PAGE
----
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3 Share Physiology or Medicine Nobel for Discovering the Hepatitis C Virus

3 Share Physiology or Medicine Nobel for Discovering the Hepatitis C Virus

The winners' discoveries have made it possible to cure infected patients and raise the chances of eliminating the disease.

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Abigail Malate, Staff Illustrator

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Copyright American Institute of Physics

Monday, October 5, 2020 - 07:15

Nala Rogers, Staff Writer

(Inside Science) -- The 2020 Nobel Prize in physiology or medicine has been awarded to three scientists "for the discovery of Hepatitis C virus."

The prize goes jointly to Harvey J. Alter of the National Institutes of Health, Michael Houghton of the University of Alberta, and Charles M. Rice of the Rockefeller University in New York.

Hepatitis B and C are bloodborne diseases that can cause cirrhosis and cancer of the liver, leading to death or the need for liver transplants. Both are caused by viruses that can hide in the body for months or years without causing symptoms, which made them difficult to discover. In the mid-20th century, a large fraction of patients who received blood transfusions later developed hepatitis.

Baruch S. Blumberg discovered the hepatitis B virus in 1967, and soon afterward developed tests to screen blood samples for the virus and a vaccine to prevent infection. He won the Nobel Prize in physiology or medicine for his work in 1976. But it soon became clear that only some of the hepatitis infections from blood transfusions were caused by the hepatitis B virus.

Alter and his colleagues focused on the remaining cases of transfusion-related hepatitis. In the 1970s, they showed that blood from hepatitis patients could transmit the mysterious disease to chimpanzees, proving that the illness was caused by an infectious agent. The researchers later determined that this agent was an unknown virus.

In the late 1980s, Michael Houghton discovered the virus itself while working at the pharmaceutical firm Chiron. He used antibodies from hepatitis C patients as detection tools to identify sequences of the virus's DNA, which he cloned from DNA fragments in the blood of an infected chimpanzee. Charles M. Rice at Washington University in St. Louis and his colleagues then used genetic engineering to demonstrate that the virus Houghton discovered could, on its own, cause the disease hepatitis C.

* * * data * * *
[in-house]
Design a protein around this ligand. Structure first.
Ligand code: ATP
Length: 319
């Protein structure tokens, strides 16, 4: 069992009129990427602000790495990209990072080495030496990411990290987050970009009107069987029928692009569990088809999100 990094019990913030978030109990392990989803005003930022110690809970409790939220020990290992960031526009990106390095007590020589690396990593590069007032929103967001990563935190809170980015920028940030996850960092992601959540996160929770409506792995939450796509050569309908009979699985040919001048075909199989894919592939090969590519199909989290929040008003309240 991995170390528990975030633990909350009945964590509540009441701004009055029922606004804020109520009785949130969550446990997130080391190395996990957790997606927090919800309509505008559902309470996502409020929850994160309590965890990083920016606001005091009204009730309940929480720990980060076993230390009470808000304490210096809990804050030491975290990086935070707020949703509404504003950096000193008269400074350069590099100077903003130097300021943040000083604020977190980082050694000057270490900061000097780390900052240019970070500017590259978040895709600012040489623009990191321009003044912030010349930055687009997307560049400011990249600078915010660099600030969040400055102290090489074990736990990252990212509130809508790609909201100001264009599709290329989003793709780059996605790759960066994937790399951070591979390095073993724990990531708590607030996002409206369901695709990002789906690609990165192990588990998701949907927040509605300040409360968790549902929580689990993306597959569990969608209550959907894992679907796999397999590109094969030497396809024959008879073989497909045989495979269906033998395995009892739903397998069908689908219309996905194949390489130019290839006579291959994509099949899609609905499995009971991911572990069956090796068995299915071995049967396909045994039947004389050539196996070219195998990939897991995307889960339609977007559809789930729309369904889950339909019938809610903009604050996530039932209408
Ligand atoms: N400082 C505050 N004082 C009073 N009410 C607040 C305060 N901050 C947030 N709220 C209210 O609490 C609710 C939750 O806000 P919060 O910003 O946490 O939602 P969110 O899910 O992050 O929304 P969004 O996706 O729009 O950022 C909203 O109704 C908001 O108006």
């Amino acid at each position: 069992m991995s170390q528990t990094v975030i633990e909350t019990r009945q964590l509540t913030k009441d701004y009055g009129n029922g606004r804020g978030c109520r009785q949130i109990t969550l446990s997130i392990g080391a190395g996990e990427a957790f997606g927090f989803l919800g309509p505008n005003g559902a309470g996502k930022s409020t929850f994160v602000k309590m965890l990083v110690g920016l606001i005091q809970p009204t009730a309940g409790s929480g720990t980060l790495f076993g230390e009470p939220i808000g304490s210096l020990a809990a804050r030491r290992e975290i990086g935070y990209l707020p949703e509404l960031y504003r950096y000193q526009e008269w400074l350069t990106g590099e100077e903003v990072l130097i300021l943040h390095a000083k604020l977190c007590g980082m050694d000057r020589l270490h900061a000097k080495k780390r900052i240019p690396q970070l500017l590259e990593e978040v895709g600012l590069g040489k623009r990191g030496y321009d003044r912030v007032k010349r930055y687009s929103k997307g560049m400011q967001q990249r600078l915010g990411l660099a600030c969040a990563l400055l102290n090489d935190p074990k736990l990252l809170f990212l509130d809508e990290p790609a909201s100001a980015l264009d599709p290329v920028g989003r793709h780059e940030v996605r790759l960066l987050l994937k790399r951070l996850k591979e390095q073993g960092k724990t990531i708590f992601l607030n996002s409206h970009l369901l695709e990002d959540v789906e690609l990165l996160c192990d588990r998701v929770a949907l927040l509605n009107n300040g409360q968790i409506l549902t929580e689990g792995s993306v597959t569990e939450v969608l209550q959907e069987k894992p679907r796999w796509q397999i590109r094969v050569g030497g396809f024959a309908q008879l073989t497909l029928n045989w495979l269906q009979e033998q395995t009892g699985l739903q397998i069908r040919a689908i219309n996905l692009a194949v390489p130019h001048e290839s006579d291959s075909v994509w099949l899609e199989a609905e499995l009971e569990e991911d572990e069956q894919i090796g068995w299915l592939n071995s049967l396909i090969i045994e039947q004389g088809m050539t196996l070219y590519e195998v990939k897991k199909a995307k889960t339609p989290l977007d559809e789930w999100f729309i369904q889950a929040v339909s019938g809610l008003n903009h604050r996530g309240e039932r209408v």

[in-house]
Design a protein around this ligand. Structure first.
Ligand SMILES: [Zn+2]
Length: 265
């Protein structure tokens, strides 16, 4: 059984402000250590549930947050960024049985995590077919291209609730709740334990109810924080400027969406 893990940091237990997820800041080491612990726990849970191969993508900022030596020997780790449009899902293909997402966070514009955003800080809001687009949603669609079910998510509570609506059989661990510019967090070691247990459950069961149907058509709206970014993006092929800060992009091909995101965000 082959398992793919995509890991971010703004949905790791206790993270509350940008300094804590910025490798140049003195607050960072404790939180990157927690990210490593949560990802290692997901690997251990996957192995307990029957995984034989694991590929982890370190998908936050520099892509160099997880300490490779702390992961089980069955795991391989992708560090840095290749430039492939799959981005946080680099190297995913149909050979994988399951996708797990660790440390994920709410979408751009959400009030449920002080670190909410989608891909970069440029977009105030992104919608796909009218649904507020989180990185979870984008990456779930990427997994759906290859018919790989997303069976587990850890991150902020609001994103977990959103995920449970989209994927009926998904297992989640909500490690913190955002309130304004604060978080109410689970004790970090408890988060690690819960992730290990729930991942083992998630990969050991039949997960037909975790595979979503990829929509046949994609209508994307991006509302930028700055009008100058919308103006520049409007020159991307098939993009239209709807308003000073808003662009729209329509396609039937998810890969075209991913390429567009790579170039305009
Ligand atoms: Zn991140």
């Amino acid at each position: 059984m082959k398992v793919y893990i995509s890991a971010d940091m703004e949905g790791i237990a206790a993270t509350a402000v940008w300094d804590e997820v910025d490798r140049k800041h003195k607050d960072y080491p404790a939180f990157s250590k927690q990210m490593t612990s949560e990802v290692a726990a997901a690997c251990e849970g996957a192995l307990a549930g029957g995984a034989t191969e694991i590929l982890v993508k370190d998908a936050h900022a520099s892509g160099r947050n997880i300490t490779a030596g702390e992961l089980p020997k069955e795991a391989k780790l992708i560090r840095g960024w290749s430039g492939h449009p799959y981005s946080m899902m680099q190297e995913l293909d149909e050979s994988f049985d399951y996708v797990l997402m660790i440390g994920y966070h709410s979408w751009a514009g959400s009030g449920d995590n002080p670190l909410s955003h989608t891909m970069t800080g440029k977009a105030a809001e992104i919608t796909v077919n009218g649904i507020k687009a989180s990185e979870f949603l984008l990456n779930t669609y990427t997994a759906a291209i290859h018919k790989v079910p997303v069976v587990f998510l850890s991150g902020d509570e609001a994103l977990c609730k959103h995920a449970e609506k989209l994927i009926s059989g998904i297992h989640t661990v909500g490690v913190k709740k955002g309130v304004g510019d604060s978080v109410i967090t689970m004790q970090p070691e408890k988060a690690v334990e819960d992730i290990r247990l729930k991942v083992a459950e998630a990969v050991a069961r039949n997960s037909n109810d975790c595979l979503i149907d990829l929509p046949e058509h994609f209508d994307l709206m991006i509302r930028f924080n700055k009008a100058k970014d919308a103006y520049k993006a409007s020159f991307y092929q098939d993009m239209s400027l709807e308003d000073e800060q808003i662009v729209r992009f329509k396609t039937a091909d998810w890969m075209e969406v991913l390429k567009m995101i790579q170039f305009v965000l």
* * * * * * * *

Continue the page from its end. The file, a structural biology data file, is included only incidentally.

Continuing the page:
"This was the first time these types of molecular-based approaches were used to identify a novel virus," said Gunilla Karlsson-Hedestam, an immunologist and member of the Nobel committee, during a press conference.

The discoveries of this year's winners led to tests that cleaned the blood supply, preventing nearly all cases of hepatitis from transfusions. It also led to the development of antiviral drugs that can cure the disease in the vast majority of patients.

"These developments have saved millions of lives worldwide," said Karlsson-Hedestam. "Continued efforts to implement blood screening and treatments globally raise hope that hepatitis C virus can be controlled and eventually eliminated."

 

For more of Inside Science's coverage of the 2020 Nobel Prizes in physiology or medicine, physics and chemistry, please visit our Nobel coverage page. For our predictions of the Nobel Prizes in physics and chemistry (and to review our physiology or medicine picks), please read our predictions story.

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Author Bio & Story Archive

Nala Rogers is a staff writer and editor at Inside Science, where she covers the Earth and Creature beats. She has a bachelor’s degree in biology from the University of Utah and a graduate certificate in science communication from U.C. Santa Cruz. Before joining Inside Science, she wrote for diverse outlets including Science, Nature, the San Jose Mercury News, and Scientific American. In her spare time she likes to explore wilderness.